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Ned Tijdschr Geneeskd. 2005 Aug 13;149(33):1852-8.

[Three patients with a Spitz naevus that later turned out to be a melanoma].

[Article in Dutch]

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  • 1VU Medisch Centrum, afd. Heelkunde, Postbus 7057, 1007 MB Amsterdam.


A melanocytic lesion was removed from each of three patients: 2 men aged 37 and 65 and 1 woman aged 45. The preferred diagnosis was 'Spitz naevus'. Subsequently, all three developed regional (sub)cutaneous and/or lymph node metastases, indicating that the lesions were melanomas. The histopathological distinction between Spitz naevus and melanoma is often very difficult. Classical Spitz naevi can be diagnosed correctly only if the entire lesion is available for histological examination. Incompletely removed lesions should be re-excised for further examination. Some melanomas resemble Spitz naevi, but can be recognised on the basis of well-defined histological indicators of malignancy. Some melanocytic lesions, however, cannot be categorised with confidence as being either benign (Spitz naevus) or malignant (spitzoid melanoma). Thus, a group of lesions with inconclusive histology remains and has been designated as 'atypical Spitz tumour' or 'Spitz tumour of uncertain malignant potential'. Generally, such lesions are best treated as melanomas.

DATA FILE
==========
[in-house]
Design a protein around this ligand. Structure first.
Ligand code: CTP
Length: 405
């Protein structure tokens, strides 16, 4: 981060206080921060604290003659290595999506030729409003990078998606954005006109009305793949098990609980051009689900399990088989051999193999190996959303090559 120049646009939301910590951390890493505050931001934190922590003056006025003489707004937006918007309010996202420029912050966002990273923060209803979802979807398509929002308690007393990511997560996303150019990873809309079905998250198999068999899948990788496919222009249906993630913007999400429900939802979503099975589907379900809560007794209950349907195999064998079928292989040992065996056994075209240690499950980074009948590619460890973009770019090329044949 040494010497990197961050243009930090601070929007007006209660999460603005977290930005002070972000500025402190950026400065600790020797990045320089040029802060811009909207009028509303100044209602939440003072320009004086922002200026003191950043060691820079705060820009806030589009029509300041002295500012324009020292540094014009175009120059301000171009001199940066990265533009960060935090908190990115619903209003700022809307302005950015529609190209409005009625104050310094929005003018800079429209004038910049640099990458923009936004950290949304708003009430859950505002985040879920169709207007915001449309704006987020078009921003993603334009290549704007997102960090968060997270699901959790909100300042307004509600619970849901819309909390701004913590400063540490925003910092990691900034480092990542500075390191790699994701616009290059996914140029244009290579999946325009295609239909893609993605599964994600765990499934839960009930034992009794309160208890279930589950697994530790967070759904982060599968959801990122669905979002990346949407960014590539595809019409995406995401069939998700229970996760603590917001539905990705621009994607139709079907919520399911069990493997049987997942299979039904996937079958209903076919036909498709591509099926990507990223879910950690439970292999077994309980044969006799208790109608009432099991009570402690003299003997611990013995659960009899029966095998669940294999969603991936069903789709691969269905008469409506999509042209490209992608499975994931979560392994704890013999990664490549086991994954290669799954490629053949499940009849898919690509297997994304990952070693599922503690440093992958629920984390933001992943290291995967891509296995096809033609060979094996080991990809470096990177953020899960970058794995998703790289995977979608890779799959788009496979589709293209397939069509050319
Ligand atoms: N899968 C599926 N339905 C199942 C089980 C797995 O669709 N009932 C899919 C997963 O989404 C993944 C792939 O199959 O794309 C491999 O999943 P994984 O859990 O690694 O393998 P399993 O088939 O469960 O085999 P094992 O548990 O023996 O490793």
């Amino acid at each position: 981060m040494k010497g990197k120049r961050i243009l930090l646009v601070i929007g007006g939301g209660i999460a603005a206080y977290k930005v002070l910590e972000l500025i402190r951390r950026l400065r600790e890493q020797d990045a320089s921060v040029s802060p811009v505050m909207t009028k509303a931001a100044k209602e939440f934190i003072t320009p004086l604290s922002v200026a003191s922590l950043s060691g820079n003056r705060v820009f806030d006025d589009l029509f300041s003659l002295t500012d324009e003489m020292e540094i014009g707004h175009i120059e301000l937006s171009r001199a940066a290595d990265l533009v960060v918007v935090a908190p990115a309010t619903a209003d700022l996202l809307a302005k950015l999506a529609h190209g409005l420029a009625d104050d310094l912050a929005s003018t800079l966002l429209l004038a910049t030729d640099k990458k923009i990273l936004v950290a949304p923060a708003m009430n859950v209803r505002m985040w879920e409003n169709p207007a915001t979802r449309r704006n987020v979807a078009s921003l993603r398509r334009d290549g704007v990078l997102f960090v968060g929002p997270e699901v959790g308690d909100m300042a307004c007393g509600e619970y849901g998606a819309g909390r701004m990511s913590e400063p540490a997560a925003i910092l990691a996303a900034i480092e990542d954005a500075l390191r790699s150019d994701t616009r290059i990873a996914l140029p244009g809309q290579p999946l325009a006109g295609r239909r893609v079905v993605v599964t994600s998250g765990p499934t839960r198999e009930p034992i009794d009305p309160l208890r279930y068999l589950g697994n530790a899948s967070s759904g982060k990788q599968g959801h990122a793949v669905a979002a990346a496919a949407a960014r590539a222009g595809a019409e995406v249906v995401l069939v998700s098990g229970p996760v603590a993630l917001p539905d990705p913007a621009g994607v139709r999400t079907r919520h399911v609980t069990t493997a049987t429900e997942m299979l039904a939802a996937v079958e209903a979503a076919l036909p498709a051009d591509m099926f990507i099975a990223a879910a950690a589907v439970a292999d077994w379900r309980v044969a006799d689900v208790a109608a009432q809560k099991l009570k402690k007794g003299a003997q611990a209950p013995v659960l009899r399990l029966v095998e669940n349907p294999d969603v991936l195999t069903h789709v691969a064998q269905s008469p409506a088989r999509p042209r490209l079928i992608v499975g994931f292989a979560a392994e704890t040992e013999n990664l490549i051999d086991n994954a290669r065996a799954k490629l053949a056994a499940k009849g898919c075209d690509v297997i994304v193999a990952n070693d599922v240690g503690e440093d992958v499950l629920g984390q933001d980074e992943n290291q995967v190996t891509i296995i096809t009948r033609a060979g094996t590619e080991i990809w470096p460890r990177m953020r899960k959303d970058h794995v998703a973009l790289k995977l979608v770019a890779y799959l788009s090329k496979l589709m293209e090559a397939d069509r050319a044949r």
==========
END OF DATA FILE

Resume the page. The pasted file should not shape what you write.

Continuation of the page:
[PubMed - indexed for MEDLINE]
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